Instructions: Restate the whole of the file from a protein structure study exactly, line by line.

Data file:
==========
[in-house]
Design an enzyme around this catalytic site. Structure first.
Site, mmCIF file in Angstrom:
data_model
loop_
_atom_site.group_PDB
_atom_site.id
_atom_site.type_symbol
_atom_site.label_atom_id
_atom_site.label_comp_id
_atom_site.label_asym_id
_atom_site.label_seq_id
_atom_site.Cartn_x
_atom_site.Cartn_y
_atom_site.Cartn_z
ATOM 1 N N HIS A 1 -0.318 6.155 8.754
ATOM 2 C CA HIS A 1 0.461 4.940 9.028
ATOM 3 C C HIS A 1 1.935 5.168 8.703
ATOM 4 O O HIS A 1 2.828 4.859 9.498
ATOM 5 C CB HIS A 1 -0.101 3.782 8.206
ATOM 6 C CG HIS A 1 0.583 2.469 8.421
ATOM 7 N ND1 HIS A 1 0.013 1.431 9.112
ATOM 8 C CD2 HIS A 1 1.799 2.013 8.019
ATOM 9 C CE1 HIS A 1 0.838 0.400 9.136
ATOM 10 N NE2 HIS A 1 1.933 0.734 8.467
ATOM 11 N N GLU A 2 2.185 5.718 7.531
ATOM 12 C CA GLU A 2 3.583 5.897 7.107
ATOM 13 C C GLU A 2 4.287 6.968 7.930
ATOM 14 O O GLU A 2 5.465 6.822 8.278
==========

[in-house]
Design an enzyme around this catalytic site. Structure first.
Site, mmCIF file in Angstrom:
data_model
loop_
_atom_site.group_PDB
_atom_site.id
_atom_site.type_symbol
_atom_site.label_atom_id
_atom_site.label_comp_id
_atom_site.label_asym_id
_atom_site.label_seq_id
_atom_site.Cartn_x
_atom_site.Cartn_y
_atom_site.Cartn_z
ATOM 1 N N HIS A 1 -0.318 6.155 8.754
ATOM 2 C CA HIS A 1 0.461 4.940 9.028
ATOM 3 C C HIS A 1 1.935 5.168 8.703
ATOM 4 O O HIS A 1 2.828 4.859 9.498
ATOM 5 C CB HIS A 1 -0.101 3.782 8.206
ATOM 6 C CG HIS A 1 0.583 2.469 8.421
ATOM 7 N ND1 HIS A 1 0.013 1.431 9.112
ATOM 8 C CD2 HIS A 1 1.799 2.013 8.019
ATOM 9 C CE1 HIS A 1 0.838 0.400 9.136
ATOM 10 N NE2 HIS A 1 1.933 0.734 8.467
ATOM 11 N N GLU A 2 2.185 5.718 7.531
ATOM 12 C CA GLU A 2 3.583 5.897 7.107
ATOM 13 C C GLU A 2 4.287 6.968 7.930
ATOM 14 O O GLU A 2 5.465 6.822 8.278